An Aspen resident who led fundraising efforts for Donald Trump’s presidential campaign in 2016 will stand trial in Brooklyn federal court later this month on allegations he illegally worked on behalf of the United Arab Emirates to lobby the U.S. government.
Trial for Thomas Barrack Jr., 75, and his former assistant Matthew Grimes, 29, an ex-Aspen resident, is scheduled to begin Sept. 19 with jury selection.
Barrack Jr. and Grimes have been free on respective bonds of $250 million and $5 million since their July 2021 arrests in California. They both also must wear monitor bracelets despite filing unsuccessful motions seeking their removal.
Barrack Jr.’s bond is secured partly by his home on Eagle Park Drive at Buttermilk, which he purchased for $15.5 million in November 2017, according to property records. Grimes also is free on bond secured by property his parents own, according to court records.
Both have pleaded not guilty to charges they worked secretly as agents on behalf of United Arab Emirates, from April 2016 to April 2018, to influence President Trump’s foreign policy. The third person indicted was Rashid al-Malik Alshahh, who reportedly fled the United States.
Barrack Jr. and Grimes were originally indicted by a grand jury in June 2021. A new indictment issued in May said an equity investment company run by Barrack received $374 million in commitments from two UAE sovereign wealth funds in 2017. The indictment does not identify the company owned by Barrack, who in 1991 founded the real estate and private equity investment firm Colony Capital, which was rebranded as digital equity firm DigitalBridge Group in June 2021.
Grimes reported directly to Barrack Jr. while at Colony Capital. “Bank records and telephone records reflect that, prior to his arrest, the defendant (Grimes) listed Barrack’s $15 million home in Aspen, Colorado, as his primary residence by the prosecution,” said a pleading in November. “Further, thousands of emails and text message communications obtained during the course of this investigation further confirm that the defendant and Barrack have a close, albeit asymmetrical, relationship.”
What evidence the jury will see is being argued over in motions in front of Judge Brian M. Cogan.
Lawyers for Barrack Jr. have filed motions asking the judge to not allow the prosecution to introduce at trial evidence related to Barrack Jr.’s background and wealth. Showing the jury photos of Barrack’s homes and personal plane could taint the jury, their motion filed Sept. 6 argued.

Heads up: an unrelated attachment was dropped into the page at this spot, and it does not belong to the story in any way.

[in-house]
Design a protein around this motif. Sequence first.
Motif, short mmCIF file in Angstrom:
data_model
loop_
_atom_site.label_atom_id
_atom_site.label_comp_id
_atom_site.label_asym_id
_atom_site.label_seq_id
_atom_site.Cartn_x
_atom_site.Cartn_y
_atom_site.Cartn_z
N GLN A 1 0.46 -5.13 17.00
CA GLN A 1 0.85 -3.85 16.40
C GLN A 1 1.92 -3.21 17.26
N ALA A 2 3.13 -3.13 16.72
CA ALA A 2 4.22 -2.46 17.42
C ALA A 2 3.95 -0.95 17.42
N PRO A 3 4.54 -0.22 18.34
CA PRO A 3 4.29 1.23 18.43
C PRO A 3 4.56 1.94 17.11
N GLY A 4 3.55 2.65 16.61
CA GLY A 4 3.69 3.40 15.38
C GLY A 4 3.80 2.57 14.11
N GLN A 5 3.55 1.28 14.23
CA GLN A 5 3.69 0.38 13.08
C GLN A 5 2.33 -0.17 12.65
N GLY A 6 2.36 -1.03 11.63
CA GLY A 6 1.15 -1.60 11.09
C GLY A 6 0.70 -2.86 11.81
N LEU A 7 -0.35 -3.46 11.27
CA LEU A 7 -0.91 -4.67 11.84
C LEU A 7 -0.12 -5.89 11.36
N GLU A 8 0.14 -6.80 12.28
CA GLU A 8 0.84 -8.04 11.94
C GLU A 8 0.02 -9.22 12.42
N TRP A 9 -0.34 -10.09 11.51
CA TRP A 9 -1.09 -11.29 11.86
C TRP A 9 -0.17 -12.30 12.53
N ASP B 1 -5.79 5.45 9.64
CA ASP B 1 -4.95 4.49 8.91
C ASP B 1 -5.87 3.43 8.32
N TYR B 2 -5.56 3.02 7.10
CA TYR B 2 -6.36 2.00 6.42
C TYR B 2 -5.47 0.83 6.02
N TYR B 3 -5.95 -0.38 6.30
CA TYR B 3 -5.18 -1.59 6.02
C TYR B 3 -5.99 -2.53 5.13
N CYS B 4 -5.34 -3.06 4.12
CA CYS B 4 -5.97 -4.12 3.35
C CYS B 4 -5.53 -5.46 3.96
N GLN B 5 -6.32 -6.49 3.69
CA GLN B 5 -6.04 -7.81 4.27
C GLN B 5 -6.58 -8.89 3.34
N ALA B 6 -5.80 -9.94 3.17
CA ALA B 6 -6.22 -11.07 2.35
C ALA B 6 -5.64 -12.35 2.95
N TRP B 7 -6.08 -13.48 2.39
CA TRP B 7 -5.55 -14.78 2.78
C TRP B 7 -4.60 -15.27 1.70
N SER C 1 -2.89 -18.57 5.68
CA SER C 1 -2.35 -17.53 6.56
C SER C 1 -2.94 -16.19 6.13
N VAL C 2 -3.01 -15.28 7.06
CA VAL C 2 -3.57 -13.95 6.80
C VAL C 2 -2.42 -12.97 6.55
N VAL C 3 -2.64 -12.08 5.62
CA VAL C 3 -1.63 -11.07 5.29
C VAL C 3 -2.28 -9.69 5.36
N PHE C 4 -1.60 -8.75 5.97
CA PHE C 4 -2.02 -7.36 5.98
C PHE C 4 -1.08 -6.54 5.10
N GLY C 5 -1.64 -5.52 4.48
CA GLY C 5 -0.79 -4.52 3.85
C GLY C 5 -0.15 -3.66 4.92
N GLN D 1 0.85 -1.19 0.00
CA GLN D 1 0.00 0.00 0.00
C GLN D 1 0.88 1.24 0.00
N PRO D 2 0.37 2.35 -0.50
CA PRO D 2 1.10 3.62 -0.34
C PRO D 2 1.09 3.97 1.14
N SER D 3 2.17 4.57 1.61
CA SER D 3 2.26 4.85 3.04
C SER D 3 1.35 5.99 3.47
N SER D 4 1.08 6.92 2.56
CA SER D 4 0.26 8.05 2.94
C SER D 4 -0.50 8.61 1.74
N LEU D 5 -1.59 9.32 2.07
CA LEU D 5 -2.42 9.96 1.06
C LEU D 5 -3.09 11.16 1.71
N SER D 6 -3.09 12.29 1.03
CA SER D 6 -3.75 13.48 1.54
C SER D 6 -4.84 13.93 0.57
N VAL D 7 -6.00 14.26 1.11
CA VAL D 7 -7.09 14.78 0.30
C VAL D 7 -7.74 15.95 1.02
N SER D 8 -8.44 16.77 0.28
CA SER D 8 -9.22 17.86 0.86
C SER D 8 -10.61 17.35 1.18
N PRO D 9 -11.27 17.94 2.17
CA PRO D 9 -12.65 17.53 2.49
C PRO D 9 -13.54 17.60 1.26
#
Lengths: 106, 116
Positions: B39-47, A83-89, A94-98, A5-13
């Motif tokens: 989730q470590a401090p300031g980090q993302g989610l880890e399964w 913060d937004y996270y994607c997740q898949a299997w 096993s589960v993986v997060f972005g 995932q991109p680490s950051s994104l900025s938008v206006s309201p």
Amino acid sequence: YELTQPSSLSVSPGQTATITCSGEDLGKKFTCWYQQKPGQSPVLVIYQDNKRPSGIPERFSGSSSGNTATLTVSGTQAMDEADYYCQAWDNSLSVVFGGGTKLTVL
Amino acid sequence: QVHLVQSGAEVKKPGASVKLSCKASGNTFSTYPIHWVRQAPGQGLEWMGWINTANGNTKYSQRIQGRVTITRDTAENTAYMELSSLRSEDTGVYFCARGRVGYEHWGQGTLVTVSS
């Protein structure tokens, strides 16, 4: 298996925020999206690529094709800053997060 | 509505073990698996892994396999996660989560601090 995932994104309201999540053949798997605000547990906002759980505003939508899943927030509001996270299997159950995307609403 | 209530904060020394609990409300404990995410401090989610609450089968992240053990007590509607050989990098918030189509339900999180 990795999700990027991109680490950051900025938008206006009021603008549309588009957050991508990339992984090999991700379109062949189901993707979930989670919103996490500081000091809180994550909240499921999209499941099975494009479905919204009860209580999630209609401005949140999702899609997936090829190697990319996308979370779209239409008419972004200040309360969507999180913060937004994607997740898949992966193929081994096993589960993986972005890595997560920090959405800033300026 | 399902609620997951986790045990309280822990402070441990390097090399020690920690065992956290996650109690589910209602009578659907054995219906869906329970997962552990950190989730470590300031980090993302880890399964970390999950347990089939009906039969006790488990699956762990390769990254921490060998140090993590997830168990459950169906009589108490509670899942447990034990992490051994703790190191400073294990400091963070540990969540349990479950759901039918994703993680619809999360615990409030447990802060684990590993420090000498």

“The Government has no legitimate purpose for offering this evidence. It
has no bearing on whether Mr. Barrack allegedly acted or conspired to act as an unregistered foreign agent. Instead, the Government’s proffered evidence invites the jury to convict Mr. Barrack based on improper emotional appeals and creates a substantial risk of class bias,” the motion said.
A filing by prosecutors Friday argued that some evidence Barrack wants kept out of trial is “highly relevant to matters at issue in this case,” including one exhibit that put Barrack Jr., UAE officials and President-elect Trump in the same room at Barrack’s home in Santa Monica, California.
“The government anticipates that the evidence at trial will show that, in December 2016, Mr. Barrack held an event to which he invited several co-conspirators, including Rashid Al Malik and a member of the United Arab Emirates Supreme Council for National Security, as well as multiple members of the incoming Trump Administration, including the President-Elect and multiple Cabinet-level officials,” the pleading said.
Several motions from Barrack Jr. and Grimes’s lawyers are under seal. One aims to preclude the prosecution from presenting evidence related to funds managed by Colony Capital and DigitalBridge.
Barrack Jr. served as chairman of the 58th Presidential Inaugural Committee and was senior adviser to Trump’s campaign. He is credited with raising more than $32 million for Trump’s campaign. He introduced Ivanka Trump at the Republican National Convention in 2016, and he stood behind the Trump family when Donald Trump was sworn in as president.
Barrack paid $41,253 in property taxes on his Eagle Pines home to Pitkin County on May 5, according to property records.
By: Rick Carroll I The Aspen Times I September 11, 2022